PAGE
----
Will Future Inhalers Or Creams Ease Brain Concussions?Published: Oct 17, 2013 in Personal Injury, Traumatic Brain Injury
Traumatic brain injuries not only cause initial damage to the Central Nervous System but increase the risk of additional neurologic problems and dramatically impact the ongoing costs associated with caring for the patient, says Alabama personal injury lawyer Keith T. Belt.
When a helmet-to-helmet hit renders the football player unconscious the diagnosis is a concussion, which currently can cause continuing irreparable brain damage and affect the players for the rest of their lives. Plus many athletes have sustained previous blows to the head that result in the signs and symptoms of a concussion but have not been diagnosed with a concussion. These injuries are associated with increased rates of loss of consciousness and higher symptom scale scores with future concussions. as found in a recent study published in the Clinical Journal of Sport Medicine.
However, in the near future, those woozy players may be able to use an inhaler to ingest a drug that protects against further brain damage, helping mitigate a harmful biochemical cascade in the brain that follows the initial blow. The drug compound being studied — oxidoreductant — will not prevent concussions. But researchers believe it can lessen the brain damage that continues to occur after the initial blow.
This could be a reality in the not too distant future due to ongoing research at the University of Alabama at Birmingham funded as part of a $1.5 million grant package to institutions for sport-related medical research by NFL Charities, the charitable foundation of the National Football League owners. The UAB research is especially timely as the nation seems to be waking up to the long-term deleterious effects of the common football injury.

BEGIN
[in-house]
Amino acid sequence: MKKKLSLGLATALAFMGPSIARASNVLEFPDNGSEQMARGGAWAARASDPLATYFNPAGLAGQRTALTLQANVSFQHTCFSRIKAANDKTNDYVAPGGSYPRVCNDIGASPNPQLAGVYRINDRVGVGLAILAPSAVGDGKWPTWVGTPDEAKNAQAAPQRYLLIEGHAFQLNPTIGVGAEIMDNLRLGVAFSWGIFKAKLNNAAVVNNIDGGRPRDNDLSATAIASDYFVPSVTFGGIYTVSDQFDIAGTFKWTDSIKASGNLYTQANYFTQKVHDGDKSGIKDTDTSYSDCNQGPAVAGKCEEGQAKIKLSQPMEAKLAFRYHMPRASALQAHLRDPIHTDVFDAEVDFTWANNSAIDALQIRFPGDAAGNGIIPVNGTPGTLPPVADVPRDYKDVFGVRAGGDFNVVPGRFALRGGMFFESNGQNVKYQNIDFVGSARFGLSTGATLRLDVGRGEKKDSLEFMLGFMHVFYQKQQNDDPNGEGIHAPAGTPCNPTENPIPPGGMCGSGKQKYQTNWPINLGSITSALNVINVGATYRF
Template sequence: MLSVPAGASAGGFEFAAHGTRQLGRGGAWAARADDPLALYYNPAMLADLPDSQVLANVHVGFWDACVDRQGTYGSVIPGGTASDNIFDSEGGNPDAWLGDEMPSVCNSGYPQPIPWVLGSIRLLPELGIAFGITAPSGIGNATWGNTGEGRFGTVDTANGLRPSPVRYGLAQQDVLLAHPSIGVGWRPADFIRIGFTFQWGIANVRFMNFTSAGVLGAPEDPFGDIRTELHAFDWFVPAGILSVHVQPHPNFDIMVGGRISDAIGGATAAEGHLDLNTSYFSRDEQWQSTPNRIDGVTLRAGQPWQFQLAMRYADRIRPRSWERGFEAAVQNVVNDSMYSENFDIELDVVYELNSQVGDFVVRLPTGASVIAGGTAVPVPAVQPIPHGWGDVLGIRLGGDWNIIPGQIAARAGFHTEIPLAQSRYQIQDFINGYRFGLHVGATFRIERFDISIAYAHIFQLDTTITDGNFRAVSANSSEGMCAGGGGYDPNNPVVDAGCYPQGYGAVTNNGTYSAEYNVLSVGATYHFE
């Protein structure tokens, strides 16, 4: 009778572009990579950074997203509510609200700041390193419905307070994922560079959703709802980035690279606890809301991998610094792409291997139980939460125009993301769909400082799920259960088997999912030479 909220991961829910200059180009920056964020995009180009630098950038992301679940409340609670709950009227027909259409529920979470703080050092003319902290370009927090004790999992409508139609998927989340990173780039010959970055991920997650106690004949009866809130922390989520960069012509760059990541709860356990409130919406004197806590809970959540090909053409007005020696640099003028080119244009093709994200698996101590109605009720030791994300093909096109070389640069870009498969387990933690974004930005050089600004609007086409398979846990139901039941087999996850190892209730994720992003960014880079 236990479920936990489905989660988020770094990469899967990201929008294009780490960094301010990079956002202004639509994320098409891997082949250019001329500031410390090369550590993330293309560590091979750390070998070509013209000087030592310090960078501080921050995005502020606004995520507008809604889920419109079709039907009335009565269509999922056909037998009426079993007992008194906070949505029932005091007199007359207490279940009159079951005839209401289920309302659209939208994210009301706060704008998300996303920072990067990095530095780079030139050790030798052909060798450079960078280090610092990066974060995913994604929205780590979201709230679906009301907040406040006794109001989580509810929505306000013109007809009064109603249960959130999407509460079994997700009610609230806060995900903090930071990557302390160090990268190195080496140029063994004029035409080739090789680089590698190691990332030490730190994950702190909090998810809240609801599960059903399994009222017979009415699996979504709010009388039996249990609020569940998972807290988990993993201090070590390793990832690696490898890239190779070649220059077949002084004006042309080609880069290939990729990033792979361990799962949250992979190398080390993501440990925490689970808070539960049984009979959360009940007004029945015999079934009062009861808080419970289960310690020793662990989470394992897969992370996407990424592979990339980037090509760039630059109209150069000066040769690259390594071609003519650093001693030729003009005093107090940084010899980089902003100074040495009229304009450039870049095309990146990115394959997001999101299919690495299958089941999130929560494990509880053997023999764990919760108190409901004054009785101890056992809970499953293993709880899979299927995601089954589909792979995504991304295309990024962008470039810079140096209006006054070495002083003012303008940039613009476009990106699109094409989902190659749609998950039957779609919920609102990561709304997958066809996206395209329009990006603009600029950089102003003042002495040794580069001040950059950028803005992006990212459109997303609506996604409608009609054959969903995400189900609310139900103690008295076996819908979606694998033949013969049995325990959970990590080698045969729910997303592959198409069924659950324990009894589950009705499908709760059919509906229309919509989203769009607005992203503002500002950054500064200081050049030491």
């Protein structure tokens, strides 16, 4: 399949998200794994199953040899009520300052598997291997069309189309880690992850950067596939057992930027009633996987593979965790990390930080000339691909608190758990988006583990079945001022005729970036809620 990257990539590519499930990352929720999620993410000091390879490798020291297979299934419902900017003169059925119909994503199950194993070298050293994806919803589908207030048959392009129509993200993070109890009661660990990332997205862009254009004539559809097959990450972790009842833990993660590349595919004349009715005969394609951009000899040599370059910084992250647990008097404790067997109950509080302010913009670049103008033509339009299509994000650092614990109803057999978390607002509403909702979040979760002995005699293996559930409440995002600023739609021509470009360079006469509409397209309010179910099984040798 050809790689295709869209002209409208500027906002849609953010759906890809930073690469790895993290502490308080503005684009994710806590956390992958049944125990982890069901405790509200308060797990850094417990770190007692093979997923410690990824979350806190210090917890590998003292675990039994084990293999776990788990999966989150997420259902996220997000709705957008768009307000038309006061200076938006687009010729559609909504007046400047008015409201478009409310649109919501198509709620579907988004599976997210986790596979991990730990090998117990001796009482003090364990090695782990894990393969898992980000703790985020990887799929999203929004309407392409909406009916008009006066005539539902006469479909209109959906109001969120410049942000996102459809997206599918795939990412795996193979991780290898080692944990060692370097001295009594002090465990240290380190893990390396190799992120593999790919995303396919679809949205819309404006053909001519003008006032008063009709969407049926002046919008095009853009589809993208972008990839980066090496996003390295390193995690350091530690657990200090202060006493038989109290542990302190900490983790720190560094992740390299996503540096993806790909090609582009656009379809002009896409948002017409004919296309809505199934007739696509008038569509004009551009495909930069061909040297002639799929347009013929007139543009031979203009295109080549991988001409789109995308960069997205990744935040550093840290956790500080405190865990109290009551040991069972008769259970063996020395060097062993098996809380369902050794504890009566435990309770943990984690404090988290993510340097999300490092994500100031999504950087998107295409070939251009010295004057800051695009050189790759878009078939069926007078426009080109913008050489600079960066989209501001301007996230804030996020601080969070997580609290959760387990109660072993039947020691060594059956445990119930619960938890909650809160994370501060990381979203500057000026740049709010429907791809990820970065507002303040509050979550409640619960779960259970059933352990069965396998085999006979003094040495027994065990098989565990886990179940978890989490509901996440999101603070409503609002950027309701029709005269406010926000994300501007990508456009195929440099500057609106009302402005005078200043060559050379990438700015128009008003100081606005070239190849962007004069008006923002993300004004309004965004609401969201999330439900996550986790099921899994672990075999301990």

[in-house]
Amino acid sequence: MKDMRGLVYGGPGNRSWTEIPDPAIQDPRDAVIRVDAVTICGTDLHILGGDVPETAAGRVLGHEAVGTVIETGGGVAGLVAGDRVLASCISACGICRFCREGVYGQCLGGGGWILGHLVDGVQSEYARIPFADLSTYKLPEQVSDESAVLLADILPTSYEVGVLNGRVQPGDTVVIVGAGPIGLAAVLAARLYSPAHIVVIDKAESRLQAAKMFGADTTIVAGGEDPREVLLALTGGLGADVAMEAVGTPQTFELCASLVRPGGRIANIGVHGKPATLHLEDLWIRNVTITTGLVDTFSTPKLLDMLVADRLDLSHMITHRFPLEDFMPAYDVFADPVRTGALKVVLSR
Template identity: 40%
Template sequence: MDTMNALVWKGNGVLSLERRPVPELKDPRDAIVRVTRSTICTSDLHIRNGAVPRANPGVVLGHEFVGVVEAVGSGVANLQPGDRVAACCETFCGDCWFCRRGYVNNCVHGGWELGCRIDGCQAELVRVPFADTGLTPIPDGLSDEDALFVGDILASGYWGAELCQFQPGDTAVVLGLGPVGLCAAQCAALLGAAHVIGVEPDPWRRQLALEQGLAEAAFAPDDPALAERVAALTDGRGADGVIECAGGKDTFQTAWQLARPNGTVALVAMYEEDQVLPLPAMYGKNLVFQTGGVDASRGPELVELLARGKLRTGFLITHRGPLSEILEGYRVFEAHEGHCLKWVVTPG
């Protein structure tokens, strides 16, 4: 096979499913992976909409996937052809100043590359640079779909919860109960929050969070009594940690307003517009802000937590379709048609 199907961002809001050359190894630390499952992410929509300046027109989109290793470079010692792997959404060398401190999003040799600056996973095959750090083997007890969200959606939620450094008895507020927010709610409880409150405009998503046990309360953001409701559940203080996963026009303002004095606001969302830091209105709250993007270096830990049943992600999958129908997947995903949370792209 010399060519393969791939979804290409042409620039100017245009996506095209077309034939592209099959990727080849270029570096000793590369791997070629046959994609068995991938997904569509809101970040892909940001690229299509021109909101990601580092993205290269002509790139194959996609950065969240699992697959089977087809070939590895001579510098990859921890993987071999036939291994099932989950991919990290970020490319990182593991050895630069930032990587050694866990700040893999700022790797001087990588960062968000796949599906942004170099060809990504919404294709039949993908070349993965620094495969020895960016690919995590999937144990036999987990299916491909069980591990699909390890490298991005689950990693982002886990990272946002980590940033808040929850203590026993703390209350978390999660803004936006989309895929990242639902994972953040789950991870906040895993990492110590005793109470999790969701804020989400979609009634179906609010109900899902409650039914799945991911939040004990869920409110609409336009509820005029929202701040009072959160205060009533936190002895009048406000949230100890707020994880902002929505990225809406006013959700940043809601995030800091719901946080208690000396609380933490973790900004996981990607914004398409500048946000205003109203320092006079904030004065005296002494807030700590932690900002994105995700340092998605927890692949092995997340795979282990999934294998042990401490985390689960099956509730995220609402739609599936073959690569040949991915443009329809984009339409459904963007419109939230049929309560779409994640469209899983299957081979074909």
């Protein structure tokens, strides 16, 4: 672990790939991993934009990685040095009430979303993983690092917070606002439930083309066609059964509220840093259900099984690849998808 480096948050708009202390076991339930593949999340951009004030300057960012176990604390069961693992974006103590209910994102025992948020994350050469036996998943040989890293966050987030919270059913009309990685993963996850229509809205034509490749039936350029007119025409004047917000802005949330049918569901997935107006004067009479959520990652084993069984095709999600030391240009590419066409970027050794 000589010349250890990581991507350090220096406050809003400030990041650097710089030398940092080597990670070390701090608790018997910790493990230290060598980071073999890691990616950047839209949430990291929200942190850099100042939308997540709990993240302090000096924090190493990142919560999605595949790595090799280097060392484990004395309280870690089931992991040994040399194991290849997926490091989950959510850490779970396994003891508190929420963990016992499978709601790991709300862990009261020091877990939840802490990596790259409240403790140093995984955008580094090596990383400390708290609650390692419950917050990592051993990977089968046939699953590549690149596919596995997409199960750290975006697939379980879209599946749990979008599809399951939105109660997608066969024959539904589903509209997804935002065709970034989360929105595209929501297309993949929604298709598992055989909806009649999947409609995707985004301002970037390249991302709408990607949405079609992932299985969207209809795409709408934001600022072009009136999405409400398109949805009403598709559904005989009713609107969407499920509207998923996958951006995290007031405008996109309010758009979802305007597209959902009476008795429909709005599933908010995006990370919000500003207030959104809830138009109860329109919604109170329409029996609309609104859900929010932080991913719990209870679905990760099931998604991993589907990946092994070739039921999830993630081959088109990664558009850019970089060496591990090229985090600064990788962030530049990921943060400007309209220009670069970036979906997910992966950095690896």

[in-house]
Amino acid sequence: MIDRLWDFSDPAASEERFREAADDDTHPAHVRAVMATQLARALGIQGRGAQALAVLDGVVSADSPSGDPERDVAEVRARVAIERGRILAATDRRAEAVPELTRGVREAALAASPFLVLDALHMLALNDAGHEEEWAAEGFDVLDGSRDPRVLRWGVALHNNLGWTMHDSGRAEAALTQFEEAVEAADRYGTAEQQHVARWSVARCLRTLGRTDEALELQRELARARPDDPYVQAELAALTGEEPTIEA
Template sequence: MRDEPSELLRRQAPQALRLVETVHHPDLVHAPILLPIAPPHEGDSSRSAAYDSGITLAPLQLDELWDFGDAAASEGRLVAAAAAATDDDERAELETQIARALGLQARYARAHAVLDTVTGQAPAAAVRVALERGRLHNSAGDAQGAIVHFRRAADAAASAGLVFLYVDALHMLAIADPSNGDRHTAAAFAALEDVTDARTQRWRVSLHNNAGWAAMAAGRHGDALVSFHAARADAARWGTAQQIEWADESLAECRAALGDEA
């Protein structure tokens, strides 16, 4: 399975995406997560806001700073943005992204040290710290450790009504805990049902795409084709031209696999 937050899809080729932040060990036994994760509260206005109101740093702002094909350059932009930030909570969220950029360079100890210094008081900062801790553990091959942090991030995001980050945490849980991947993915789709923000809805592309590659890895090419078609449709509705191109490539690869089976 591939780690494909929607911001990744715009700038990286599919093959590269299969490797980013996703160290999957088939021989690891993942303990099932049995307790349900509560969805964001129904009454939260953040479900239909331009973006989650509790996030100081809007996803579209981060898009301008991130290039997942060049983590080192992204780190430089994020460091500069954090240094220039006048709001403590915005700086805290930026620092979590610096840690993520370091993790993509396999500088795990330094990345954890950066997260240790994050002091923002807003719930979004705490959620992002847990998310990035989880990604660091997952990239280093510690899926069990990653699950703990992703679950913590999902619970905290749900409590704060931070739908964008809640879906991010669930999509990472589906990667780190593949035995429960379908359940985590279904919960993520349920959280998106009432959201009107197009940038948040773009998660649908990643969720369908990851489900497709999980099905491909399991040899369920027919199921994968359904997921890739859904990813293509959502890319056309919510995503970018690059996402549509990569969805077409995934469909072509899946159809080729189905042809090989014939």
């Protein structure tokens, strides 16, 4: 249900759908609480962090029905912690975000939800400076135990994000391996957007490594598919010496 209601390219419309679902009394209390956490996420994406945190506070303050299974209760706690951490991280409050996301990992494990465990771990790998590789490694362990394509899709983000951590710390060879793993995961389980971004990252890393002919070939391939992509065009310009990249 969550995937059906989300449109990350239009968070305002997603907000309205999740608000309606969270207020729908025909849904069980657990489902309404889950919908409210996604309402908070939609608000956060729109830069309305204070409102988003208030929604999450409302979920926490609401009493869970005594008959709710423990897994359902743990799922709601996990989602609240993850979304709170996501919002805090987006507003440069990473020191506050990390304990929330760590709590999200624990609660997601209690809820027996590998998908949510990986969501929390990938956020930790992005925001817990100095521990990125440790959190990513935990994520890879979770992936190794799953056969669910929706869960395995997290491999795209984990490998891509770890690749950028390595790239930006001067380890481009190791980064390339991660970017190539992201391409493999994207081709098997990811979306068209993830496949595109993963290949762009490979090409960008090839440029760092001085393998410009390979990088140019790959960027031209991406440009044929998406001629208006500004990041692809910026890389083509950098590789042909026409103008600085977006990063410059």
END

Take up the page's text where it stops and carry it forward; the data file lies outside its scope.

“We are developing a therapy which will be beneficial after you received the concussion,” said Candace Floyd, associate professor and director of research in UAB’s Department of Physical Medicine and Rehabilitation. “The drug is going to lessen the damage or protect the brain after the initial mechanical injury to the brain at impact.” With a concussion that initial impact sets off a biochemical chain reaction that further damages the brain. Floyd likens it to a forest fire burning out of control. The drug helps stop the fire from spreading.
“It doesn’t put out the campfire, but stops it from spreading to a forest fire,” Floyd said., but emphasized: “It’s not a repair, it’s a protective agent.” She said the compound is a lot like antioxidants in face creams. In fact, a cream may be the method of ingestion or an inhaler — that aspect is still being tested, Floyd said. And the compound could be used not just in the football stadium, but by rescue workers on car crash scenes or military medics on the battlefield.
The study, which started in February, is about halfway through, Floyd said and “We should know results by spring,”
Millions of people a year suffer a traumatic brain injury and in the blink of an eye, their lives may be changed forever. Not only do the injuries have a major impact on the everyday life and future of the patient, but negatively affects the lives of their family and friends.
Consult the Alabama Concussion Injury Lawyers at Belt, Bruner, & Barnett P.C. Today
If you or a loved one were hurt due to a head injury and sustained a concussion or other traumatic brain injury, call our catastrophic injury lawyers at Belt, Bruner, & Barnett P.C. at (205) 933-1500 or use our online form. We offer a case evaluation free of charge and are ready to help you obtain full compensation for your losses. With offices in Birmingham, Mobile, Huntsville, and Montgomery, our attorneys will quickly travel to investigate your case.